It’s been a few weeks since spawning chum
salmon have been observed downstream of Bonneville Dam, so fisheries and dam
managers agreed this week to transition from flows that guarantee coverage of
chum redds (nests) to minimum level of flows that will keep the redds covered
until incubation of the eggs in April.
The last survey by biologists of spawning
areas in the Columbia River below the dam was December 4, which found live
adult chum salmon near Multnomah and Horestail falls, but no new fish in the
Ives/Pearce island areas just downstream of the dam near the Washington shore
(see the survey history for this season at http://www.fpc.org/spawning/spawning_surveys/ODFW_reports/2017spawning.htm). Chum salmon are listed as threatened under the federal
Endangered Species Act.
And few chum have traveled beyond Bonneville
Dam. Just 21 have passed the dam and none have crossed since Nov. 29, said Paul
Wagner of NOAA Fisheries.
Given the paucity of live adult chum and the
likelihood that few or no more would arrive to spawn, the interagency Technical
Management Team Wednesday, Dec. 20, agreed to transition to protective
incubation flows Dec. 21 at 1 pm.
Annual chum operations ensure that enough
water will flow over chum redds, or nests, near Ives Island downstream of
Bonneville Dam to protect the redds and fertilized eggs until they emerge next
spring. So the initial spawning operations seeks flows high enough to protect
chum as they build their redds, but not so high that chum would be encouraged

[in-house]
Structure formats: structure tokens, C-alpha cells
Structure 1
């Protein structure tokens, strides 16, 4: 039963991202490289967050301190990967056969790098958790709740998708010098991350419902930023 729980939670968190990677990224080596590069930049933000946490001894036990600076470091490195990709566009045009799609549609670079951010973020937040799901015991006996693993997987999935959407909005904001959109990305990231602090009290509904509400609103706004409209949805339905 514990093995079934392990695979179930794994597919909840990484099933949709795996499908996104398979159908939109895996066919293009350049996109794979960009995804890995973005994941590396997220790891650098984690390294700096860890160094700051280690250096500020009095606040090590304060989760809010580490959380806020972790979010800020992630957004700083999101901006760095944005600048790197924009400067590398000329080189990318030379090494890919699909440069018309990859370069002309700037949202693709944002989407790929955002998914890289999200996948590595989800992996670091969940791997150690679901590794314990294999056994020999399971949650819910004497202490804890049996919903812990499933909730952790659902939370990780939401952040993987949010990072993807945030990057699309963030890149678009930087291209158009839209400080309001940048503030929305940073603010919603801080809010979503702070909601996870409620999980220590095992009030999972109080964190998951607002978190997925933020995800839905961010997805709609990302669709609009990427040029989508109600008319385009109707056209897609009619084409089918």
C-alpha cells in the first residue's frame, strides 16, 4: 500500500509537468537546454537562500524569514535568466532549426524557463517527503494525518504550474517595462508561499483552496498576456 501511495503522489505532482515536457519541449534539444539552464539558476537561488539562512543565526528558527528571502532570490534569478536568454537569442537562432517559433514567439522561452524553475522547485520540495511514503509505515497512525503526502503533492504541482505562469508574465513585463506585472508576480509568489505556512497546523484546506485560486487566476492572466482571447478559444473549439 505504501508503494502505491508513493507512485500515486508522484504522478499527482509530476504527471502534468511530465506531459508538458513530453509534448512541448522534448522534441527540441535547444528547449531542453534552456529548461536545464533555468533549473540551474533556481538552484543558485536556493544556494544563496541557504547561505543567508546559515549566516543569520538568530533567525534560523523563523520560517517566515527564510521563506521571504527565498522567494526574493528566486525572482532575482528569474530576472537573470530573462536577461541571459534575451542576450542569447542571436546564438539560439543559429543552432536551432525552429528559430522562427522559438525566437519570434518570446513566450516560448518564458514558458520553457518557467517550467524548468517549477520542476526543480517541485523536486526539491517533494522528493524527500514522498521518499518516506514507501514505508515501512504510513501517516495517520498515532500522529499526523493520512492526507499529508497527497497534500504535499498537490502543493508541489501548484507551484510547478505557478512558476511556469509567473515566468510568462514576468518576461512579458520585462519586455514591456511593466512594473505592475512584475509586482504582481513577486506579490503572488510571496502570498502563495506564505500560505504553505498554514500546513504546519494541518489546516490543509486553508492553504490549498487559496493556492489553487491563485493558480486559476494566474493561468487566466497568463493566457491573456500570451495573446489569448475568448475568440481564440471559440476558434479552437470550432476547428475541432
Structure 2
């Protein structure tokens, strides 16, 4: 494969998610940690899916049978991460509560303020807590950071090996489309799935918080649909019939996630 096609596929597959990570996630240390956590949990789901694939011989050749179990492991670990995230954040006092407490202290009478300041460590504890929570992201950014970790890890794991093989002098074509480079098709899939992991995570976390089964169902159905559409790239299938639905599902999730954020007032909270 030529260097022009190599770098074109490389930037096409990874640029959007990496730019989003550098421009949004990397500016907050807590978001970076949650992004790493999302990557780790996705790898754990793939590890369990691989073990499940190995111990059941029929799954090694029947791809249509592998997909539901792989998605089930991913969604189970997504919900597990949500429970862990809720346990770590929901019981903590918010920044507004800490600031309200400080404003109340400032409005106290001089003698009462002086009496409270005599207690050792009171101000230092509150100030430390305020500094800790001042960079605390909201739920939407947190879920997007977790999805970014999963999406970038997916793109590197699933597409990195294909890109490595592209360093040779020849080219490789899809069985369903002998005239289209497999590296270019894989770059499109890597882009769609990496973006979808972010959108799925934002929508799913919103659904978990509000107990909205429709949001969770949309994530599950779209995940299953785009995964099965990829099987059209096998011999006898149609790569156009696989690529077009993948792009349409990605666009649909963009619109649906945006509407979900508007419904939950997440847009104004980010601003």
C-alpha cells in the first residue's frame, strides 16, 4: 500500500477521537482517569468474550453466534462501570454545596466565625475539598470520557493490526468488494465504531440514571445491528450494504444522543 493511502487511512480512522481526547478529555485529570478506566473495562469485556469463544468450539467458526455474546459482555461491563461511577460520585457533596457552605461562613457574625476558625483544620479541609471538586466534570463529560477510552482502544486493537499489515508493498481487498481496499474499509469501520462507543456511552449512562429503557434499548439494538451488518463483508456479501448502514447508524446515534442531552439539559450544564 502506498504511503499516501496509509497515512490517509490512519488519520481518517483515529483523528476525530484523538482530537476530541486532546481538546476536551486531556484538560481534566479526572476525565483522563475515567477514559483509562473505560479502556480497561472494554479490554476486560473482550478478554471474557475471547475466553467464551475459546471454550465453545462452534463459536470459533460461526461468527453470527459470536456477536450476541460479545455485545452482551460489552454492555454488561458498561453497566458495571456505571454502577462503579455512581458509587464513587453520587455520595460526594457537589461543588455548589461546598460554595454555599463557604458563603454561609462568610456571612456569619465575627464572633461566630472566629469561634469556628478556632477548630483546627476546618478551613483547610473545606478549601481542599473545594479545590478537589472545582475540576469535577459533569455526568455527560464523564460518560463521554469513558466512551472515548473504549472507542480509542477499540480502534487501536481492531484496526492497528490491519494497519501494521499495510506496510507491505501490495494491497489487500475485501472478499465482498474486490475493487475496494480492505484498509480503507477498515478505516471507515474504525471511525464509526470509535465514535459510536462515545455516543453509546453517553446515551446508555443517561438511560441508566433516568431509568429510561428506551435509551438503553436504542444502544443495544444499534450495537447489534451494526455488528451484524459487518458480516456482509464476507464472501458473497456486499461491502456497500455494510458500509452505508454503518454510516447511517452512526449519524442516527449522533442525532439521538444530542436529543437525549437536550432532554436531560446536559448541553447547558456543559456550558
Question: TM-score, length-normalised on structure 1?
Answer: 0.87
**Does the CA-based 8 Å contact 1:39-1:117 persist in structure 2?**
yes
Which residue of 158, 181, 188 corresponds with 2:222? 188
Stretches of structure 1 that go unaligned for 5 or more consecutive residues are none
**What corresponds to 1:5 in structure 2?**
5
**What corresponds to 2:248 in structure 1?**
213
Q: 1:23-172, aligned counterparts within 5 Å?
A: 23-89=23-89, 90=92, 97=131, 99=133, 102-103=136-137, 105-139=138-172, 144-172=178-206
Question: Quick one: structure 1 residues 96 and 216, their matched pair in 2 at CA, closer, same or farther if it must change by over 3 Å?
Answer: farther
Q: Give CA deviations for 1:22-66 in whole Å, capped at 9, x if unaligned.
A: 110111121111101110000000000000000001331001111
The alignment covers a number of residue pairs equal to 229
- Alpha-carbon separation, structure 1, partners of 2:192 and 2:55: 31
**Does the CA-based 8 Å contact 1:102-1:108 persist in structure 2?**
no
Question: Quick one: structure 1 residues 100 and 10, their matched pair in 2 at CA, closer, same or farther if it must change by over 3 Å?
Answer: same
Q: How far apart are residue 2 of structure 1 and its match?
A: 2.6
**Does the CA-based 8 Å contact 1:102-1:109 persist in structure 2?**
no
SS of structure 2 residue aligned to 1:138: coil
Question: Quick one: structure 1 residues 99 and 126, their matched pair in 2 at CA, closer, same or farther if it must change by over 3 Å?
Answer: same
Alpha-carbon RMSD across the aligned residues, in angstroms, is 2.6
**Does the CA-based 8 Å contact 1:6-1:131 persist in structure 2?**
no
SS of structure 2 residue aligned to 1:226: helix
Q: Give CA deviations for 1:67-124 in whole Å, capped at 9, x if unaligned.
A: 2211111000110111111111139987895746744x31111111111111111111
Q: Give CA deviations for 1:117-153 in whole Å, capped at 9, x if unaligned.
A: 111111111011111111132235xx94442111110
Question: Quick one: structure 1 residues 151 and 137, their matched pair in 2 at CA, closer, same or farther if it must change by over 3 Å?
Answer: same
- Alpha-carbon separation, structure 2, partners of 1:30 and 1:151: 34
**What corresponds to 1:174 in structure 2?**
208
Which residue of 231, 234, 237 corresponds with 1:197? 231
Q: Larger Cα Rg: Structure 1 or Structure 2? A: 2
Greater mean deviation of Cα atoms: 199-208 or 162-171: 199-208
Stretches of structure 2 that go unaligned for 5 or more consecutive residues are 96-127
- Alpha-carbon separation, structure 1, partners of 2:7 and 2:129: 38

to spawn in areas that could be dewatered when flows drop.
Chum operations for spawning began Nov. 7,
although at that time no chum were present or spawning at the Ives/Pierce
The initial operation follows a tiered
approach that largely depends on the amount of water passing the dam and the
Corps’ ability to maintain a tailwater elevation that is best for spawning chum
and incubating eggs. Initially, the Corps operates project outflow to maintain
the tailwater elevation between 11.5 and 13 feet during all hours. As river
flows increase, chum operations adjust to protect the salmon.
With flows designed to protect the redds
through incubation, an 11.8 foot tailwater elevation at the dam at all hours
simply becomes the minimum flow allowed, and that will be held as long as up to
April 10, 2018.
Doug Baus of the U.S. Army Corps of Engineers
isn’t expecting an immediate change in tailwater elevation, however. As of
Wednesday morning, average elevation was in the 12.7 foot with flows at the dam
of 123,400 cubic feet per second, and that isn’t likely to change soon, he
With the high runoff in 2016, holding flows
low for chum was difficult, but with this year’s steady flows the operation has
been much easier and that will likely continue.
According to Baus, the current water supply at
The Dalles Dam is 89 million acre feet or 102 percent of average and the
weather outlook is for continued cool and dry conditions.
--CBB, December 8, 2017, “ESA-Listed Chum
Salmon Spawning Below Bonneville, Weather Cooperating For River Ops Aiding
--CBB, November 3, 2017, “No Chum Yet, But
Annual Operations For Spawning Fish Slated To Begin Next Week,” http://www.cbbulletin.com/439811.aspx
-- CBB, October 27, 2017, “Operations For
Spawning ESA-Listed Chum Delayed; Early Basin Water Supply Forecast Normal,” http://www.cbbulletin.com/439785.aspx
--CBB, January 6, 2017, “ESA-Listed Chum
Salmon Below Bonneville Dam Show Good Spawning Rate; Flows Maintained To Cover